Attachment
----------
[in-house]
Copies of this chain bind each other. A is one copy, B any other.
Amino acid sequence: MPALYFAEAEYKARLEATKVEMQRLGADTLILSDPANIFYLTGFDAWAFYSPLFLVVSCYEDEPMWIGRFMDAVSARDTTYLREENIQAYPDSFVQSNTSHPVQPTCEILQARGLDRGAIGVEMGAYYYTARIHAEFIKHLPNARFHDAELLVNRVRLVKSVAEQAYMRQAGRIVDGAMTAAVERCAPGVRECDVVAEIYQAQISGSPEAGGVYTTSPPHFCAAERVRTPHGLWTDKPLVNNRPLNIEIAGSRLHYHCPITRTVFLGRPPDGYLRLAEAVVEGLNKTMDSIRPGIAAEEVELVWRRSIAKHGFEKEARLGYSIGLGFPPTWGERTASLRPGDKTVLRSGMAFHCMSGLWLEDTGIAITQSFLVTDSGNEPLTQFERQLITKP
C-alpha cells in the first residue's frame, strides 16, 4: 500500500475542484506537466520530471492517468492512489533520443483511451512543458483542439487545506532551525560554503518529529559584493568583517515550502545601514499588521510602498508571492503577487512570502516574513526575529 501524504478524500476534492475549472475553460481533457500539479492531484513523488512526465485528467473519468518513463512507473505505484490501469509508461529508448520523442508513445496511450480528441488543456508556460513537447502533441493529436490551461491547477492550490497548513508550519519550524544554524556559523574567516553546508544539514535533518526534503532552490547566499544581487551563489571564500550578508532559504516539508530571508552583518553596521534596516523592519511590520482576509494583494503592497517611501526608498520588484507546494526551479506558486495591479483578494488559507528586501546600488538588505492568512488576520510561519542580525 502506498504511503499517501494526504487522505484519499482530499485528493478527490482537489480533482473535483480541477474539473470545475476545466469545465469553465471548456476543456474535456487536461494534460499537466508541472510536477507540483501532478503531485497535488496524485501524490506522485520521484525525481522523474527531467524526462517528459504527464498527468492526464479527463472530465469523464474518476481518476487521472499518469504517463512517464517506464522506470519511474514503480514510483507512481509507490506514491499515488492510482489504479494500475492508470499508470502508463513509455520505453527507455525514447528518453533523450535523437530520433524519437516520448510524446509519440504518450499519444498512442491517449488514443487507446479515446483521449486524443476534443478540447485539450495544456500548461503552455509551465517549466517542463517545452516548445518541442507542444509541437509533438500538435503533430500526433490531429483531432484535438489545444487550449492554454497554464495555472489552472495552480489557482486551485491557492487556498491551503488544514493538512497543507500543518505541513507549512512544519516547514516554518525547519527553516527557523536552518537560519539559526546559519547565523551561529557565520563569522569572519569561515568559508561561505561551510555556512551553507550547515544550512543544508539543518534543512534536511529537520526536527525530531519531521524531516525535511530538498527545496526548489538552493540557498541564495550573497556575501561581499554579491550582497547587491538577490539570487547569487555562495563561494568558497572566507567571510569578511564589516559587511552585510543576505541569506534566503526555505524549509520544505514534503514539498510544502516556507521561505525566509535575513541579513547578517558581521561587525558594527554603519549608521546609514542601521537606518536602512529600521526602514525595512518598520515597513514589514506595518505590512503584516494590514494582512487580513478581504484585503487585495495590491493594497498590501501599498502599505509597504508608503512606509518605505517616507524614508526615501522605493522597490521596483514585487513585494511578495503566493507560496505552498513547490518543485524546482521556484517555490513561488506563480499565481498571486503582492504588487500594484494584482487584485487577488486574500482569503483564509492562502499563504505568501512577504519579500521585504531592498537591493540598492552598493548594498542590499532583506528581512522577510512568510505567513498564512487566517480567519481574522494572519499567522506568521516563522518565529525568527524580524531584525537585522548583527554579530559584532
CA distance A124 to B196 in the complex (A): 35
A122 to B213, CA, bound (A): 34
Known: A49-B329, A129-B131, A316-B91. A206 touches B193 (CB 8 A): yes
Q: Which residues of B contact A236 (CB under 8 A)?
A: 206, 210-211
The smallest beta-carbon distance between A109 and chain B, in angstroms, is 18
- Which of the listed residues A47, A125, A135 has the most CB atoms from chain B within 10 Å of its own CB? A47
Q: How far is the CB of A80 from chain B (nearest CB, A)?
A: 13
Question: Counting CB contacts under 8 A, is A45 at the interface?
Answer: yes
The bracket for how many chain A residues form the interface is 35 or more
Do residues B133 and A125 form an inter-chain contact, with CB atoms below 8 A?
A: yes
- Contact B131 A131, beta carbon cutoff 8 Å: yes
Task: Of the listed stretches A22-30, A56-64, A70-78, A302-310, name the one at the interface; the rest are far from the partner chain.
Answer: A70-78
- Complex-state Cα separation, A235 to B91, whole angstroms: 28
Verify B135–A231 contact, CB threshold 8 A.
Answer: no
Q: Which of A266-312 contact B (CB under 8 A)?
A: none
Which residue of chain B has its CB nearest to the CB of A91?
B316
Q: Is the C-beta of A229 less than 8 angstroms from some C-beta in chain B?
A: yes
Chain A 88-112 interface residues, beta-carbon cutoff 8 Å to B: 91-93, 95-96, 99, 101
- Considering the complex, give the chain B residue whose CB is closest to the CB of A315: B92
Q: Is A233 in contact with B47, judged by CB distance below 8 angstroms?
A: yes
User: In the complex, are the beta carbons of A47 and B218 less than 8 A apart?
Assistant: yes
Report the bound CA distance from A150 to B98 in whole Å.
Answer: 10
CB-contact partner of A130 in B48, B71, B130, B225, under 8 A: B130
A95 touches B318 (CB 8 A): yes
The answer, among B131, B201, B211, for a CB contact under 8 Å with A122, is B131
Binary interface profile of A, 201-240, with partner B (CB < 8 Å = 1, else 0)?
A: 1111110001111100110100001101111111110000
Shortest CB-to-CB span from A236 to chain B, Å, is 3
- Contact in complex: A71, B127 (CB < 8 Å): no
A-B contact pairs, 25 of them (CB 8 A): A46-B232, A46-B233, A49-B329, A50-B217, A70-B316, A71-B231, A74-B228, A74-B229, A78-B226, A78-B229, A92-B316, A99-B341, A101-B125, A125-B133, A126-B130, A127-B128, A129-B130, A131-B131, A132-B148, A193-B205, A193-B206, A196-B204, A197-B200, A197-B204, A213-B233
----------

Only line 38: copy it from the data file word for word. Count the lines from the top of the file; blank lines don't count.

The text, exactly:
Answer: 10